In his decision to deny the motion, Randa wrote that the issue of personal jurisdiction is based partly on the amount of contact KCI Konecranes has with customers in the US. “KCI cannot disavow its connection to the web sites because it copyrights the web sites and owns all of the contents contained therein,” Randa said, adding that KCI Konecranes did not deny that the metatags exist on its web sites, and have existed for four years. “In addition, the major market for the cranes and parts identified by Morris’s trademarks is in the United States,” he said. “To the extent that the trademarks are, in fact, used as metatags, they are clearly directed at the market for those cranes and parts. Thus, KCI purposefully availed itself of U.S. customers by way of its ownership of web sites directed at those customers. This Court finds that KCI has the necessary minimum contacts to establish personal jurisdiction without offending the traditional notions of fair play and substantial justice.”
Pic: lloyds web page
CM launches drives for chain hoists
Columbus McKinnon has launched a variable frequency drive for its standard hoist products, ‘primarily’ its three-phase 460V or 230V CM Lodestars, Coffing EC hoists and the Budgit Manguard, according to Art Zobal, packaged hoists product manager. The drive is small enough to mount onto the existing hoist housing.
The drive can be reprogrammed in the field from infinite variation using two-step push button controls to any intermediate predetermined range. The device also helps prevent current spikes on startup and allows a creep speed without having to press the button in sequence, which can wear out the motor. Other features include motor thermal overload protection, and fault history.
The drive works with a standard AC squirrel cage induction motor without magnetic contactors.
Demag supplies Airbus fuselage cranes
Demag Cranes and Components has supplied three cranes to an Airbus factory in Nordenham, Germany for manufacturing the wide-body A380 aircraft.
Two of the cranes (32m and 37m span) transport sections of ‘skin’ – the outer surface of the aircraft – to workstations for assembly and riveting. The third (39m span) lifts the fuselage section into a secondary treatment facility. Each section can measure 10.8m long, 6.7m wide, 2.3m high and weigh 1.6t.
During the assembly process, fuselage sections must be turned from vertical to horizontal, and back again. To move the sections in this way, the double-girder EOTS have been fitted with a rotating crab in an H-shaped frame spanning 7m. Two travelling hoists run along each of the two 11m load beams that form the sides of the H. Hoist and travel motors were fitted with inverters.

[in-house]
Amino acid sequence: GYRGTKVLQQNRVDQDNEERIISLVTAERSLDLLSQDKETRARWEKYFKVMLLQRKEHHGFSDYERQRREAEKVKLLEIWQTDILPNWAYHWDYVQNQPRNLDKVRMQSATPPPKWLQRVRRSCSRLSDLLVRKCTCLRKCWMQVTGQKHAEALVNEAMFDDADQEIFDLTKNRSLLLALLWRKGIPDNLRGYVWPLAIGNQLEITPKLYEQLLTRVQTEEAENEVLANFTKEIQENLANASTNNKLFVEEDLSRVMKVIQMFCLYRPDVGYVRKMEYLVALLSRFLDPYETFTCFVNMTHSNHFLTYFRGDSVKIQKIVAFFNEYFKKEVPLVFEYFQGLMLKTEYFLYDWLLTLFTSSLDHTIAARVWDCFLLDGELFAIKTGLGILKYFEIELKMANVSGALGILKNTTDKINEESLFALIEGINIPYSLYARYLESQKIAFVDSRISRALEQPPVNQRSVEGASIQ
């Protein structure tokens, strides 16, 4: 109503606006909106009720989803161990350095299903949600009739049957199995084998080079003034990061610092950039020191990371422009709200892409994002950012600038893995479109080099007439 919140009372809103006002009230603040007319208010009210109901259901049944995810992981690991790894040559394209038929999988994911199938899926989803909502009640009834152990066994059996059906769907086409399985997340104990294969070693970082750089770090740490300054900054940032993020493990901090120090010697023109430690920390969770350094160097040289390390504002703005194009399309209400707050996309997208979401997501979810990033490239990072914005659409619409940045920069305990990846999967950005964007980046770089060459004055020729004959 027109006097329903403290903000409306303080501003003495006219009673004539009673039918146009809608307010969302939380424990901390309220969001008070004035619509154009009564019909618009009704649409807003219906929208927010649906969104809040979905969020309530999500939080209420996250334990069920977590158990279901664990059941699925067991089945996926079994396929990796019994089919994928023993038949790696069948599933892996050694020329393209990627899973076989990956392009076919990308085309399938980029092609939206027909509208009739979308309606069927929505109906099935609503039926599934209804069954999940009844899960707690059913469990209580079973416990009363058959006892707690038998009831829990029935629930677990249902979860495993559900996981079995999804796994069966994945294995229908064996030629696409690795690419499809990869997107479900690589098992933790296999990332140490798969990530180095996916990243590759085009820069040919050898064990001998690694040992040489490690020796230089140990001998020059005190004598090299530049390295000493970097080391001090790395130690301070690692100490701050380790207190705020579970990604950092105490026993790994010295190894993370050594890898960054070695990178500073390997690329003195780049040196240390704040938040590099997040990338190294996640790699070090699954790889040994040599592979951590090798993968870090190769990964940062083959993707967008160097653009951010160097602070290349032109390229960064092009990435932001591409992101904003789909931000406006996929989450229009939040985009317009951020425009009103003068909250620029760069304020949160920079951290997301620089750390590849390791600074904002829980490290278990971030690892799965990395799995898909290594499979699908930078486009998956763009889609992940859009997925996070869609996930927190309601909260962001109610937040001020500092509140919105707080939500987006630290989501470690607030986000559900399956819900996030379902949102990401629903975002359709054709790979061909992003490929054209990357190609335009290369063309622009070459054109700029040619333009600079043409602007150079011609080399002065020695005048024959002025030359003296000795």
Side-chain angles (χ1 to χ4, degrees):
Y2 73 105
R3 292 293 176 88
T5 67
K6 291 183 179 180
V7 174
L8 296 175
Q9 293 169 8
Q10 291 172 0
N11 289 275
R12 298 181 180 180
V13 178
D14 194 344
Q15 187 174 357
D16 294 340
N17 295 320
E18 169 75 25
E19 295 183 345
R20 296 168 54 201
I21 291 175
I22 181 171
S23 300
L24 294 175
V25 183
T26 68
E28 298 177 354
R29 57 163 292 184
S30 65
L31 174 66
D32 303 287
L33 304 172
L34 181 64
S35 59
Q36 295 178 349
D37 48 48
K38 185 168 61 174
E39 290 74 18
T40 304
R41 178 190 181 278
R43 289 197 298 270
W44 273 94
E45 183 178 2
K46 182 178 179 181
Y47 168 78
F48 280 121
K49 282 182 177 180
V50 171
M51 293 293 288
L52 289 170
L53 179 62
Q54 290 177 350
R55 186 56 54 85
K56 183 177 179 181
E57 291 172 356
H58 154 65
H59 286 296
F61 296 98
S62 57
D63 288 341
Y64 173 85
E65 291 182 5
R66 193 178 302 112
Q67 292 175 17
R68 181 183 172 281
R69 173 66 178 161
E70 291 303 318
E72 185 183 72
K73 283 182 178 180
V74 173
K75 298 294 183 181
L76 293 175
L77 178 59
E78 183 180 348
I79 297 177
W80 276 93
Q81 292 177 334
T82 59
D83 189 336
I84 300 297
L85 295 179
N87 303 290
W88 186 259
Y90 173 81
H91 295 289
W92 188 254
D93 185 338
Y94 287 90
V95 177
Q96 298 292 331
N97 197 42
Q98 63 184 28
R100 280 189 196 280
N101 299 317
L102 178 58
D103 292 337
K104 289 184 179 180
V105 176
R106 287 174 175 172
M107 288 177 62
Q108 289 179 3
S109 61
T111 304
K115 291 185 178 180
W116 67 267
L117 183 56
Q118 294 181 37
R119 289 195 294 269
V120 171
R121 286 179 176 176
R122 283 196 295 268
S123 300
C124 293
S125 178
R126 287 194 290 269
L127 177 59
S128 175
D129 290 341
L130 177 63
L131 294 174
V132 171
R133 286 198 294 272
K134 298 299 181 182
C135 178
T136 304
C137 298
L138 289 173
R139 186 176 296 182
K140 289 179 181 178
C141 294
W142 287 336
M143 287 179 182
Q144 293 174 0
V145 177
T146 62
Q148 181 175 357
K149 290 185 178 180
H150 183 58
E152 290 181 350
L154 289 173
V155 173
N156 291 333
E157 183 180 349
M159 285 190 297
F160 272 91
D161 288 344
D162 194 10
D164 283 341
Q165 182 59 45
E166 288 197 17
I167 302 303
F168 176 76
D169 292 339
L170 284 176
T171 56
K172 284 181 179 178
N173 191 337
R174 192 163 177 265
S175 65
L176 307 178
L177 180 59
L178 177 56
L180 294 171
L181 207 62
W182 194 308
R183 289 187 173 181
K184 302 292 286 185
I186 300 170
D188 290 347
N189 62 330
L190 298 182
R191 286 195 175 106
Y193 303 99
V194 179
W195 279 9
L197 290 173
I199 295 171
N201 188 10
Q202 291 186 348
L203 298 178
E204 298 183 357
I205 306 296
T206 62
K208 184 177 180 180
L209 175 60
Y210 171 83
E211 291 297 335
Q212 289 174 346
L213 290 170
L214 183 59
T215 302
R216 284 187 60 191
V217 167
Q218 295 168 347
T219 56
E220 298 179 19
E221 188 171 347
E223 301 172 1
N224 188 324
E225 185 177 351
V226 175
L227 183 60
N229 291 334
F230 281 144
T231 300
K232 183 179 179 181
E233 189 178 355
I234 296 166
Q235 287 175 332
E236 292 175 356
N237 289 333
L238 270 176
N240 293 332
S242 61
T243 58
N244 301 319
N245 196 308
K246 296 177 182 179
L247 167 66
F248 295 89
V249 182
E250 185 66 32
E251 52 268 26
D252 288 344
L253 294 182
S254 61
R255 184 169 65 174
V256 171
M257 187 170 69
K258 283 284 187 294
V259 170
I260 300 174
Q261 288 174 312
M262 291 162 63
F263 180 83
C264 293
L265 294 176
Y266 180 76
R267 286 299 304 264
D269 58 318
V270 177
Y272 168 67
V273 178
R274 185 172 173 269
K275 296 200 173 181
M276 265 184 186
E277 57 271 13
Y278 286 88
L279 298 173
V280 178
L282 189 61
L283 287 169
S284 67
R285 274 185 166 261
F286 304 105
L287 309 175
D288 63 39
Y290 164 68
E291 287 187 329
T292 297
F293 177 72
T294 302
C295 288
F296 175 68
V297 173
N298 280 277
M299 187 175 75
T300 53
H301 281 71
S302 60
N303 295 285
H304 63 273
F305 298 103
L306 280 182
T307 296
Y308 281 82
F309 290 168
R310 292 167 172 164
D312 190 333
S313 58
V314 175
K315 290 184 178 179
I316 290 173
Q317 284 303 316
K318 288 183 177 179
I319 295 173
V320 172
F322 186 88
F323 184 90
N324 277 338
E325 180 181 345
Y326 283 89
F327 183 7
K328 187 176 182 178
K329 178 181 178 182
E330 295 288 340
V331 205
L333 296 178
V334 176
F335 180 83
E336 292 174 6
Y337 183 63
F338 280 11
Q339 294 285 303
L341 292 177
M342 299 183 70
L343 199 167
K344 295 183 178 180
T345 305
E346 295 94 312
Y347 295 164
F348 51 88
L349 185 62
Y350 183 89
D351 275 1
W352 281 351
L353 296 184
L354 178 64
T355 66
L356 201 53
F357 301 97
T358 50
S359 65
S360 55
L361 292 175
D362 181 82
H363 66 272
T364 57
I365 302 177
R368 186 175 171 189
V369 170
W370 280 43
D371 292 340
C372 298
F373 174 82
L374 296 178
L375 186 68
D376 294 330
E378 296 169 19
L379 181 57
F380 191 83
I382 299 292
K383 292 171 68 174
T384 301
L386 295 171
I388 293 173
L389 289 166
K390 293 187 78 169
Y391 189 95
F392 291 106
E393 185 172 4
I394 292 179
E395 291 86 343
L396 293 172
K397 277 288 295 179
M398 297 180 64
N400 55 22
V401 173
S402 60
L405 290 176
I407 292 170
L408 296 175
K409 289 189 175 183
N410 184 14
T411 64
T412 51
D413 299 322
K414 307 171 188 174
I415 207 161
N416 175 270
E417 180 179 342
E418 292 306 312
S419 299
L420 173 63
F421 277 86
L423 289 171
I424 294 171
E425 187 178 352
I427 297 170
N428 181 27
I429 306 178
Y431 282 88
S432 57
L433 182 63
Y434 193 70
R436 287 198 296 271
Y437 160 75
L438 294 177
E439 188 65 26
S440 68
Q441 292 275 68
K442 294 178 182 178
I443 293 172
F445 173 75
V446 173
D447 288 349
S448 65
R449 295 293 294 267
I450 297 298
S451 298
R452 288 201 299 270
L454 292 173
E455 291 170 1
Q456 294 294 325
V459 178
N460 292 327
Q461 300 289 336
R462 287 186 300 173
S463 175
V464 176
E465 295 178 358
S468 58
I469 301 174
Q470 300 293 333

Pic: hc. News 1
Abus launches 4t chain hoist
German hoist manufacturer Abus has launched a 4t capacity chain hoist. The hoist, now available for sale throughout Europe, has a capacity twice that of the company’s largest 2t model.
“Something from time to time we’ve noticed, when building a 3.2t crane rather than a 3t, is that a 4t wire rope hoist compared to someone else’s chain hoist is a little too expensive. As we were developing a new hoist anyway, we extended it through 4t,” says Abus UK general manager David Edwards.
“We had no chance of winning an order for a 4t crane pitting a high quality wire rope hoist against a cheap chain hoist. Now, at least it means fighting a level playing field.”
Then what we do is offer the price that we feel is fair, and occasionally have to say, “all right, we’ll talk to you about money,” Edwards says.
Like its smaller siblings, the GM8 has two speeds, with a ratio of 1:6. Maximum speed is 20m/min.
Edwards said the company does not get much competition for chain hoists above 4t capacity, because of their sheer size. The hoist uses a square-profile hardened chain, which the company says is 25% harder than a round chain.
The hoist has been available for a year in the German domestic market.
Morris opens crane factory in Monterrey, Mexico